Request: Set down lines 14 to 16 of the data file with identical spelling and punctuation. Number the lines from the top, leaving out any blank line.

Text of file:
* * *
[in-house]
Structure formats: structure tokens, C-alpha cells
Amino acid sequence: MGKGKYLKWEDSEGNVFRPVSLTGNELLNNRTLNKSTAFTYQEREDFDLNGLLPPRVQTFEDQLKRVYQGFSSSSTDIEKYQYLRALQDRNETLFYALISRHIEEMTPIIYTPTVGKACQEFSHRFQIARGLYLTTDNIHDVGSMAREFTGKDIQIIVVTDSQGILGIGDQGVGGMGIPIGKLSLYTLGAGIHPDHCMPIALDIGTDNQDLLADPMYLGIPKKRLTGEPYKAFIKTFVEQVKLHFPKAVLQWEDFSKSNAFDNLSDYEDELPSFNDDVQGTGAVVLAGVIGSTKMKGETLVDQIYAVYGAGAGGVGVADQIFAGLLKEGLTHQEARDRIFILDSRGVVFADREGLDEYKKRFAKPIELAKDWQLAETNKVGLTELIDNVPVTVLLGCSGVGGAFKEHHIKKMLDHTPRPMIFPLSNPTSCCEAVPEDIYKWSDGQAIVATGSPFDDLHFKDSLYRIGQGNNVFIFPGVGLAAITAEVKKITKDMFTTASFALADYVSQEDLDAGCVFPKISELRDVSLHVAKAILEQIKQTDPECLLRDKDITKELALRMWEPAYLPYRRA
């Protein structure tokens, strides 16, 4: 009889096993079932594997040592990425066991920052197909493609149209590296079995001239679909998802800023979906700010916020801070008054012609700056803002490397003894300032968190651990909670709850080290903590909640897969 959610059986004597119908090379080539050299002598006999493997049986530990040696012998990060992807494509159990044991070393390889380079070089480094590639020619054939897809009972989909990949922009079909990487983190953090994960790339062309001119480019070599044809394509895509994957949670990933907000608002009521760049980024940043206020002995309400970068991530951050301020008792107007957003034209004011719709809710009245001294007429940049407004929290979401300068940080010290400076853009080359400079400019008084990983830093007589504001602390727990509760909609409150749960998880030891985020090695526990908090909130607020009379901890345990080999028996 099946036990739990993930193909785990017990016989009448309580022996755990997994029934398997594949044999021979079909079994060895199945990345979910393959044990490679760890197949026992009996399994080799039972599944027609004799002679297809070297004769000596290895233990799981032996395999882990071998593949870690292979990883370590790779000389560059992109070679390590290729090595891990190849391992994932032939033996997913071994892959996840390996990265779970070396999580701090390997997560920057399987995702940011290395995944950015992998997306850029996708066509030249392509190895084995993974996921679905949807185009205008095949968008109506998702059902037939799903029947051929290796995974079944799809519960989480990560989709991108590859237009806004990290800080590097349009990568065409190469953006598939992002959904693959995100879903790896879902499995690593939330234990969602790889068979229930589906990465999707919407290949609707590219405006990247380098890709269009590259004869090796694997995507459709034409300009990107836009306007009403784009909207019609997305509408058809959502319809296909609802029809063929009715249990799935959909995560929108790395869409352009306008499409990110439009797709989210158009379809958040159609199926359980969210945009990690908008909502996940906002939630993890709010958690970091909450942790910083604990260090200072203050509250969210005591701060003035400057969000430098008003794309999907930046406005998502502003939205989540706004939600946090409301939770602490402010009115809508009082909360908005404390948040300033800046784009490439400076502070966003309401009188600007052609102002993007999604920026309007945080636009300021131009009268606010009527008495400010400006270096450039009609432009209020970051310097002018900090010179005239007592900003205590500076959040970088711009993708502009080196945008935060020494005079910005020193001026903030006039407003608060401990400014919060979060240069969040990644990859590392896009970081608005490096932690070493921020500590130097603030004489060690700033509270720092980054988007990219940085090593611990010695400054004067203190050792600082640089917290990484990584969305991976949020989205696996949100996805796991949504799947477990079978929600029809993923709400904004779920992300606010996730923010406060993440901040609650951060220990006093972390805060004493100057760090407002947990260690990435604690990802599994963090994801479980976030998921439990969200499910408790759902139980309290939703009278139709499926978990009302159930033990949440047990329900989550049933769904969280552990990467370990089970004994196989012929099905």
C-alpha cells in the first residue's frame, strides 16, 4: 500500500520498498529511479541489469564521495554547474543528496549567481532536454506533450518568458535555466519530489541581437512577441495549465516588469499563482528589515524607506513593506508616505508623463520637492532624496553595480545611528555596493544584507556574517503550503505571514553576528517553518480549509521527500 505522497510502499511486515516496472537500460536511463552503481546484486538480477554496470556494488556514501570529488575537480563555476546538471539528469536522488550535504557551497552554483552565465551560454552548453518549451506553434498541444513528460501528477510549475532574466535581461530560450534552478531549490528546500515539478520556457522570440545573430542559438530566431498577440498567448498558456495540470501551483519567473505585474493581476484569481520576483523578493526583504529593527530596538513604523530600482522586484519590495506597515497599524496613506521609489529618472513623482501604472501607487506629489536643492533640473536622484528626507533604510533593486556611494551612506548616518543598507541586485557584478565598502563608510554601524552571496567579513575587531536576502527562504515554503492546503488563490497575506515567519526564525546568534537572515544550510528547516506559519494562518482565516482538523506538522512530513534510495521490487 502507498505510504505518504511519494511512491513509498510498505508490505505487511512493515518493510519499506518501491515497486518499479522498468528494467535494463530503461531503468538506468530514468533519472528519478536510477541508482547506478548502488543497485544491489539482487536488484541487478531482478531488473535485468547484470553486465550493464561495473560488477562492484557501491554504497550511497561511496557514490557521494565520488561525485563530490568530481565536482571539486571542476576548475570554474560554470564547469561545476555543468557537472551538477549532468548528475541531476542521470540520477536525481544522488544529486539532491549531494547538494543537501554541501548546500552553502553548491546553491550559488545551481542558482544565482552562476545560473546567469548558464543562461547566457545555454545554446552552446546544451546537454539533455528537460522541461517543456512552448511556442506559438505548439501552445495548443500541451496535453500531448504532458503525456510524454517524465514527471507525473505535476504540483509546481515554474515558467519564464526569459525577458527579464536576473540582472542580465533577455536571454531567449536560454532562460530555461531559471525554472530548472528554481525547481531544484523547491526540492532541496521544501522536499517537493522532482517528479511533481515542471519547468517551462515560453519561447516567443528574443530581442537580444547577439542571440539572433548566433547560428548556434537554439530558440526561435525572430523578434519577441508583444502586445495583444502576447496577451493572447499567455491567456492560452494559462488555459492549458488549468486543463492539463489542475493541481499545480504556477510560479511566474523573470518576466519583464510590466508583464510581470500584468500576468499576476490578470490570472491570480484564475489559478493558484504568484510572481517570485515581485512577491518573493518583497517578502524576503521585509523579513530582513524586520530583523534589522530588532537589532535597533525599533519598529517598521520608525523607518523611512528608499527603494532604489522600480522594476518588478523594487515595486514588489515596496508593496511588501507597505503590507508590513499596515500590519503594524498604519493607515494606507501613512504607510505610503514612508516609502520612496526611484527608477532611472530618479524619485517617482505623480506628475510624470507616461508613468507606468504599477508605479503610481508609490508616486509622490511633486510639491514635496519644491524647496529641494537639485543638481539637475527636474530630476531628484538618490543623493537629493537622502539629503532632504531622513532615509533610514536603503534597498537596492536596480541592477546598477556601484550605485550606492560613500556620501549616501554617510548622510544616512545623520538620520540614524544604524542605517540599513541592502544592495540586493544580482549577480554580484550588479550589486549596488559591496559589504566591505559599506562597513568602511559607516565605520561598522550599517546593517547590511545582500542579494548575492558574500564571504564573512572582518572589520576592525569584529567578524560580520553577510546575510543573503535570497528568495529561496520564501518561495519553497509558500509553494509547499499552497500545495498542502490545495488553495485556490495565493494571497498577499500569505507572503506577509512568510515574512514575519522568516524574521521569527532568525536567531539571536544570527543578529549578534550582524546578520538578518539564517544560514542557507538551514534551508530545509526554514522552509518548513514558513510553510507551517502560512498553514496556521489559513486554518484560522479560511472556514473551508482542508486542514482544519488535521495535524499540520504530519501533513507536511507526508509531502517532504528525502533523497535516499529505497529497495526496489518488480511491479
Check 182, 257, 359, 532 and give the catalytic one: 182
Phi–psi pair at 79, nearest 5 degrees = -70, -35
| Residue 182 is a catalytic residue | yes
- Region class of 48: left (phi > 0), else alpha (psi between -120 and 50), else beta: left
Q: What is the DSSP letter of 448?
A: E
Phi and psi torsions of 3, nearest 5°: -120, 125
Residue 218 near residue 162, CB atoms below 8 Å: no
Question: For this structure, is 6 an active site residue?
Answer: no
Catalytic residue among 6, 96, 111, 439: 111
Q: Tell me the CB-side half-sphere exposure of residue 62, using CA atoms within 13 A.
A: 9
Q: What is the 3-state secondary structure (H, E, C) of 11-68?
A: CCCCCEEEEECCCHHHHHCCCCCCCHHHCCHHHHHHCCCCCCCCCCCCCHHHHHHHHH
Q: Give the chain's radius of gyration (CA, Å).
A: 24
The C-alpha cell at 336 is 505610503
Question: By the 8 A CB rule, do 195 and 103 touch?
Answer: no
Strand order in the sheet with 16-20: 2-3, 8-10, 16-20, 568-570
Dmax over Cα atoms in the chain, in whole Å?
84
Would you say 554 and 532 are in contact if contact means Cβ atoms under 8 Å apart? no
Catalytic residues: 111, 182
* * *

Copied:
Question: For this structure, is 6 an active site residue?
Answer: no
Catalytic residue among 6, 96, 111, 439: 111